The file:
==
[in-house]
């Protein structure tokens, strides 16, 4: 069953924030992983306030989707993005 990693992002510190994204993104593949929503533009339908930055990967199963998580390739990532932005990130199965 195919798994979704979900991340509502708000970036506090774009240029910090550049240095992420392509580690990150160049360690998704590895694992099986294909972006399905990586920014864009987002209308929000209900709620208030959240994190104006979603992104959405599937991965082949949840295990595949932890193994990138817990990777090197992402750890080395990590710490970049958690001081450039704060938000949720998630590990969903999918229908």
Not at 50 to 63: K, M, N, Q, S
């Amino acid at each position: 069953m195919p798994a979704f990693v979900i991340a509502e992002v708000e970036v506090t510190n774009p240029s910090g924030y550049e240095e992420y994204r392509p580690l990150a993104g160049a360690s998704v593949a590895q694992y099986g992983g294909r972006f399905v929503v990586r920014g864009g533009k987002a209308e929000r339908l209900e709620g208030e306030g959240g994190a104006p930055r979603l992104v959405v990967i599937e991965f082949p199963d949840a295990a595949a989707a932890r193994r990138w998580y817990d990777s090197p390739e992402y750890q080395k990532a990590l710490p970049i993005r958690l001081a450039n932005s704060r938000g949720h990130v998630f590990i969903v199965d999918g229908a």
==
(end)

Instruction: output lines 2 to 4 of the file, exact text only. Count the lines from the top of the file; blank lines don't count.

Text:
């Protein structure tokens, strides 16, 4: 069953924030992983306030989707993005 990693992002510190994204993104593949929503533009339908930055990967199963998580390739990532932005990130199965 195919798994979704979900991340509502708000970036506090774009240029910090550049240095992420392509580690990150160049360690998704590895694992099986294909972006399905990586920014864009987002209308929000209900709620208030959240994190104006979603992104959405599937991965082949949840295990595949932890193994990138817990990777090197992402750890080395990590710490970049958690001081450039704060938000949720998630590990969903999918229908």
Not at 50 to 63: K, M, N, Q, S
């Amino acid at each position: 069953m195919p798994a979704f990693v979900i991340a509502e992002v708000e970036v506090t510190n774009p240029s910090g924030y550049e240095e992420y994204r392509p580690l990150a993104g160049a360690s998704v593949a590895q694992y099986g992983g294909r972006f399905v929503v990586r920014g864009g533009k987002a209308e929000r339908l209900e709620g208030e306030g959240g994190a104006p930055r979603l992104v959405v990967i599937e991965f082949p199963d949840a295990a595949a989707a932890r193994r990138w998580y817990d990777s090197p390739e992402y750890q080395k990532a990590l710490p970049i993005r958690l001081a450039n932005s704060r938000g949720h990130v998630f590990i969903v199965d999918g229908a």